Monday, May 31, 2010

Is 'customizable culture' a good thing?

Can you have too many options?
Does it benefit you to hyper-specialize?
Should we want, nay - demand to have everything "our way?"
This question was inspired by my trip to Starbucks this morning, to furnish my lovely girlfriend with a coffee to help her grueling 4 a.m. shift. In line, I witnessed people with orders so complicated they had to start ordering when they were third in line. Some required them to visually check the concoction before accepting it. And when one person's orders were not to their liking, they turned into rude jerks within seconds.
So do we win by having these incredibly complicated orders? This goes far beyond coffee - the leading technological culture is all about customizing setting to our whims - think iGoogle, or Ipod skins. So, yes, these customizations fit us better and serve our needs better, but do we lose the ability to compromise, to deviate from our norms, when we are given complete control over what we buy?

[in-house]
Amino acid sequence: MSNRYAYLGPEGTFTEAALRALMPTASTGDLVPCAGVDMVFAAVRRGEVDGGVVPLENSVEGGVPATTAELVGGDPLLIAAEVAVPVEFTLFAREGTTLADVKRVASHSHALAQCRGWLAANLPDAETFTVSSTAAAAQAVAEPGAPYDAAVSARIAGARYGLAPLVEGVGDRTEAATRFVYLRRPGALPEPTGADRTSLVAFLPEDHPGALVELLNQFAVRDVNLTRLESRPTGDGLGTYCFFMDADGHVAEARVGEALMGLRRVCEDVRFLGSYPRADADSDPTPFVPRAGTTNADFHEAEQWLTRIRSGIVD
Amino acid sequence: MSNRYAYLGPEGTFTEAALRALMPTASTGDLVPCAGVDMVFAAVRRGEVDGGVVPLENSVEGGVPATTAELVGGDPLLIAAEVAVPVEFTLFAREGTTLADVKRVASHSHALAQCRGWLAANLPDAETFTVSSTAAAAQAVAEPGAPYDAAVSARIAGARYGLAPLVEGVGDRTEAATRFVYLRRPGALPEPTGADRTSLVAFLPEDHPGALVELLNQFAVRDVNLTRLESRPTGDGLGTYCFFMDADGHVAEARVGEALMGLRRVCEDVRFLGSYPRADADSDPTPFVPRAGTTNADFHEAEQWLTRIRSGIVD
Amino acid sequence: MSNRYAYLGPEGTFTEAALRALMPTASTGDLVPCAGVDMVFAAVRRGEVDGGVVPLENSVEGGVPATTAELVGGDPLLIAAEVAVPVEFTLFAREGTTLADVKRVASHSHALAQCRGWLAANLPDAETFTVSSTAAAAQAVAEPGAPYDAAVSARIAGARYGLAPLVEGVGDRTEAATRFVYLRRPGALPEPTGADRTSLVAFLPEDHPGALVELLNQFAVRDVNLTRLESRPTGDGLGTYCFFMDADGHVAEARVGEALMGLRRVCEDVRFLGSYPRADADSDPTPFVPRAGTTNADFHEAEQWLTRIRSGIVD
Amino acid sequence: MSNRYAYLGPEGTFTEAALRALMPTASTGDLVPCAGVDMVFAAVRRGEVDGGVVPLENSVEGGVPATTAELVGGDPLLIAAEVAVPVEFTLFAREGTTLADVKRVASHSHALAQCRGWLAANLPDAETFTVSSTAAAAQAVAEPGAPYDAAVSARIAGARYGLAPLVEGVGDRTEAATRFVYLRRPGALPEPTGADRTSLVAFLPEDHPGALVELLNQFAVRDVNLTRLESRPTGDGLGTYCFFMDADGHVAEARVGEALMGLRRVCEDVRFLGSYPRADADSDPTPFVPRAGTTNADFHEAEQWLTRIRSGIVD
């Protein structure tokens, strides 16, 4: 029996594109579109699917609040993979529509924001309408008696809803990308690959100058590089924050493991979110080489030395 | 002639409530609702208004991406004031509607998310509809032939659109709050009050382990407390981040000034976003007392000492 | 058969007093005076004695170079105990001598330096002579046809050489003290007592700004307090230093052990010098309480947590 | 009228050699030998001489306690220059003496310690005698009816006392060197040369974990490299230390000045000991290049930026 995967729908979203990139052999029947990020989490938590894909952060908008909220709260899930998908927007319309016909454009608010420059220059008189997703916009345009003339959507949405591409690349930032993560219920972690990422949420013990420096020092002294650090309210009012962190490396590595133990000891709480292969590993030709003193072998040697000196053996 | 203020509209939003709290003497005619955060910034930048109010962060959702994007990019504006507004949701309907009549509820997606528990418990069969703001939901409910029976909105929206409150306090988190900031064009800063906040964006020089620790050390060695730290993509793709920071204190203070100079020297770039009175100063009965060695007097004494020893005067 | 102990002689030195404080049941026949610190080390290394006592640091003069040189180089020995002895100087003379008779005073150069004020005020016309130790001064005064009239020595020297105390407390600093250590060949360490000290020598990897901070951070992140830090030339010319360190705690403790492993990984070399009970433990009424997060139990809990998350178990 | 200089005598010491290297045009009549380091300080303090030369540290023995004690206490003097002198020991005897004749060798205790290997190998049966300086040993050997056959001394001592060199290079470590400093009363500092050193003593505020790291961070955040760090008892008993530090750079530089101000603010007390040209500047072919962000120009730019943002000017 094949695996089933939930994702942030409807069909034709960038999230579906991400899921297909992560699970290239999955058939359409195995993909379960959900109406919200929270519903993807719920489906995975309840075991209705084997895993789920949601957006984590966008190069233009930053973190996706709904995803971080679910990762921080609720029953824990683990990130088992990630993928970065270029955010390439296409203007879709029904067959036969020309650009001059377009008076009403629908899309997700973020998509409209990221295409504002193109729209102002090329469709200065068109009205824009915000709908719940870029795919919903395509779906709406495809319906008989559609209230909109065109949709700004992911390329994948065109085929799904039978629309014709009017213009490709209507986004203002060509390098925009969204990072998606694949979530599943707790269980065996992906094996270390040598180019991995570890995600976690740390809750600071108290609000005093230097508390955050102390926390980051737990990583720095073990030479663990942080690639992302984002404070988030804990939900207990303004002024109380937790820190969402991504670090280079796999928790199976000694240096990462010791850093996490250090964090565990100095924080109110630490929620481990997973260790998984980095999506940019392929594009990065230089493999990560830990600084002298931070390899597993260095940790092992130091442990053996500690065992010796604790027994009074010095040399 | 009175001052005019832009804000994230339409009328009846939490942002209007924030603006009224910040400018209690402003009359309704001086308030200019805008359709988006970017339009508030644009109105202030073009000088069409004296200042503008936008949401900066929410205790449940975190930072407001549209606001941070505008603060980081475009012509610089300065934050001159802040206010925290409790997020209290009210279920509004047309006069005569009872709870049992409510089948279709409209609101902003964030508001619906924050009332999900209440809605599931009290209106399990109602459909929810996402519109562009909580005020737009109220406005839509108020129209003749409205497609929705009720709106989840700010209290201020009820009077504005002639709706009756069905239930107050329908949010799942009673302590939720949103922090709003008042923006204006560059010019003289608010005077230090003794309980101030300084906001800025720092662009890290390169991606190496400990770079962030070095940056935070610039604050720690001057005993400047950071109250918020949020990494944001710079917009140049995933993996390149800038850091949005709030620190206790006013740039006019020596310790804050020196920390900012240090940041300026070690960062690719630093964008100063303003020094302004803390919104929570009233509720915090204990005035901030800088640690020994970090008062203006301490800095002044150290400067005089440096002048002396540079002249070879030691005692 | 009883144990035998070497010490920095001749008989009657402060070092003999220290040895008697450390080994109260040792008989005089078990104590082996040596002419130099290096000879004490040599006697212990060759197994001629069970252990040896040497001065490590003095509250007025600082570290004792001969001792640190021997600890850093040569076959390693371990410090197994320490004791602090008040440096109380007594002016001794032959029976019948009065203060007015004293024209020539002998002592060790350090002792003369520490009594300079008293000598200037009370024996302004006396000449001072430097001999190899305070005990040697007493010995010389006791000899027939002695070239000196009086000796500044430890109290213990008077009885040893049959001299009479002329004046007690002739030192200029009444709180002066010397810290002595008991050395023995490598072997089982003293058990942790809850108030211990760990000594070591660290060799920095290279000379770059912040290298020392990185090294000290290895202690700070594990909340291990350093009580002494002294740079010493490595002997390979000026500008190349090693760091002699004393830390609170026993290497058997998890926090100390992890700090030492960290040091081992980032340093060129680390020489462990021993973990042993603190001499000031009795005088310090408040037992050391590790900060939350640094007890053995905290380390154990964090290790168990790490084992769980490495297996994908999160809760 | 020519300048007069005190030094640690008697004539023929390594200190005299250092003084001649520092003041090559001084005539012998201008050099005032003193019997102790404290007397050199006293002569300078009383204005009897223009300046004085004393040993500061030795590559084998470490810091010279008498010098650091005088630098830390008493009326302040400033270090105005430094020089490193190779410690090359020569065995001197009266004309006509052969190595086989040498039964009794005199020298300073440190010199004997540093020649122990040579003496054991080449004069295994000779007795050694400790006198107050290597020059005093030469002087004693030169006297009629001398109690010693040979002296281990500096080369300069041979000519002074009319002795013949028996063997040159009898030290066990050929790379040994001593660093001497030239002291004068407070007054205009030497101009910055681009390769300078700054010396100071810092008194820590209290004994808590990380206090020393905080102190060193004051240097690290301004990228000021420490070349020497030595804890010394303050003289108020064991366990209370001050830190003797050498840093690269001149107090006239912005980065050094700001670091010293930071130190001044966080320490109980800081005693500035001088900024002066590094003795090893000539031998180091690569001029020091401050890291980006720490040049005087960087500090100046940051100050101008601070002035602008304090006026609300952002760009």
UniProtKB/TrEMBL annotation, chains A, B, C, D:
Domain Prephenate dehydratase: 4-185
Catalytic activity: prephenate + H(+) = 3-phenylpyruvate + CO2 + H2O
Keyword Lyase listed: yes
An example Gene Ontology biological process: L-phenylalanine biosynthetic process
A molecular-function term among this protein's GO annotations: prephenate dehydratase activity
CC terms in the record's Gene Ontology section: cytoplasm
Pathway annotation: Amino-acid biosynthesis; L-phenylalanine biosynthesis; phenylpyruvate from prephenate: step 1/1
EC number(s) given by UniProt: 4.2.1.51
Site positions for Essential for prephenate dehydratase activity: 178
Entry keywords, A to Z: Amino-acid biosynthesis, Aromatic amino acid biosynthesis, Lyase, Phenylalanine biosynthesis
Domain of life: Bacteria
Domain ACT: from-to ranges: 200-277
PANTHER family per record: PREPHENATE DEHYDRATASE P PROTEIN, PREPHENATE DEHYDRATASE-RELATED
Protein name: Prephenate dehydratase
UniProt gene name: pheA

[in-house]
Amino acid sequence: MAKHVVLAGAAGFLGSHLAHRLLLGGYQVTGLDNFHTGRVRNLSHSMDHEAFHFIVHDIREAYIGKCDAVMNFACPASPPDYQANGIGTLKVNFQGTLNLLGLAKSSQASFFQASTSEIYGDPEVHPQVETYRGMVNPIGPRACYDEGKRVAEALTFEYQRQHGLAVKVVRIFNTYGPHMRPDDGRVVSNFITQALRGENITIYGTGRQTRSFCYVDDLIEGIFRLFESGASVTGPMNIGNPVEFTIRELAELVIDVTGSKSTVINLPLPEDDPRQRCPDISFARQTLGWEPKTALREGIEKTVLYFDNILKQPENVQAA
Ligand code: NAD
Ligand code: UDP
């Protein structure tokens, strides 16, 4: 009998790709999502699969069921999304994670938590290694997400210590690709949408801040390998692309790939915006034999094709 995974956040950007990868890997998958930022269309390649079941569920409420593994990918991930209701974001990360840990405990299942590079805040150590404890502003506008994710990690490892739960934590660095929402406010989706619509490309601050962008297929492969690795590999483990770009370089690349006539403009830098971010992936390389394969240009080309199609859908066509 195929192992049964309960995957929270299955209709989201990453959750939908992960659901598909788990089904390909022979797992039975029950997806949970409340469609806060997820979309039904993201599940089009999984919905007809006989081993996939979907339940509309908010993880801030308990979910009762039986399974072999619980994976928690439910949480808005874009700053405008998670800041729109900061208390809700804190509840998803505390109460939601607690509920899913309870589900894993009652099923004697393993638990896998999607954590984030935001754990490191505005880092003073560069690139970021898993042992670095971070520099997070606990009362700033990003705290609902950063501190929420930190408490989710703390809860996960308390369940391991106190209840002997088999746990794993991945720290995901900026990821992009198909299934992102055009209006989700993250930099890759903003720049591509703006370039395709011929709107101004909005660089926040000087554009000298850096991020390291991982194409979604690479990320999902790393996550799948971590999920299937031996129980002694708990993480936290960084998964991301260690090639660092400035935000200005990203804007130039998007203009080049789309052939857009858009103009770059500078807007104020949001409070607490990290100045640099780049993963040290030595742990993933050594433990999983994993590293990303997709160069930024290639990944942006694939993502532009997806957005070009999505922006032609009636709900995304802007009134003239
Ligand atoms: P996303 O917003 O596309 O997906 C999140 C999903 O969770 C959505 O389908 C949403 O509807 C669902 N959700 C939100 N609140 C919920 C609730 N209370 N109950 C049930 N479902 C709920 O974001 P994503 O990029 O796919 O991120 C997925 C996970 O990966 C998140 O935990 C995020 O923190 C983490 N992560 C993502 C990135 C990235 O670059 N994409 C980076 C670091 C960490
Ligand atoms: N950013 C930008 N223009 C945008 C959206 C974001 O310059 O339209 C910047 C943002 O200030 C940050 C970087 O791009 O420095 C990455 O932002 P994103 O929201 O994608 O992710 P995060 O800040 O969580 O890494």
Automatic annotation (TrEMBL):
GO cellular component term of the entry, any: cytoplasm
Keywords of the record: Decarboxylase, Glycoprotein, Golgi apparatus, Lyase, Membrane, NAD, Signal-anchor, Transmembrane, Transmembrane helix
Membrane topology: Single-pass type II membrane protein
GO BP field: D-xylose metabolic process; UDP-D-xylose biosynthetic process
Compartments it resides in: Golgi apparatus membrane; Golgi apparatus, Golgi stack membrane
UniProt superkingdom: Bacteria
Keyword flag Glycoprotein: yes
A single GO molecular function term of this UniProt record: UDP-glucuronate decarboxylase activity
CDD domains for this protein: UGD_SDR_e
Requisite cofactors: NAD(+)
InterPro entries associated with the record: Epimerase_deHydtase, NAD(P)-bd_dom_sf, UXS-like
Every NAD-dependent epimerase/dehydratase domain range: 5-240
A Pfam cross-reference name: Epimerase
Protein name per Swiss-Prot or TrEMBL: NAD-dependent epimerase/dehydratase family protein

shesthesheriff said...

We are the laughing stock of the other developed countries because of this shit. I'm not against lattes, but Starbucks crossed a line-by mcdonaldsizing their stores people no longer feel as embarrassed as they should ordering a 2% half caff white chocolate peppermint/gingerbread mocha. A local coffee shop employee could probably give you a look or talk a little smack without fear of the corporate hammer dropping on them.

I don't usually like king of the hill but the episode where Strickland gets banned from the strip club 'Juggstore Cowboys' kind of reminds me of this post lol.

Dianna said...

Yesterday at Starbucks, a guy asked for his iced latte to be half soy and "extra cold." C'mon.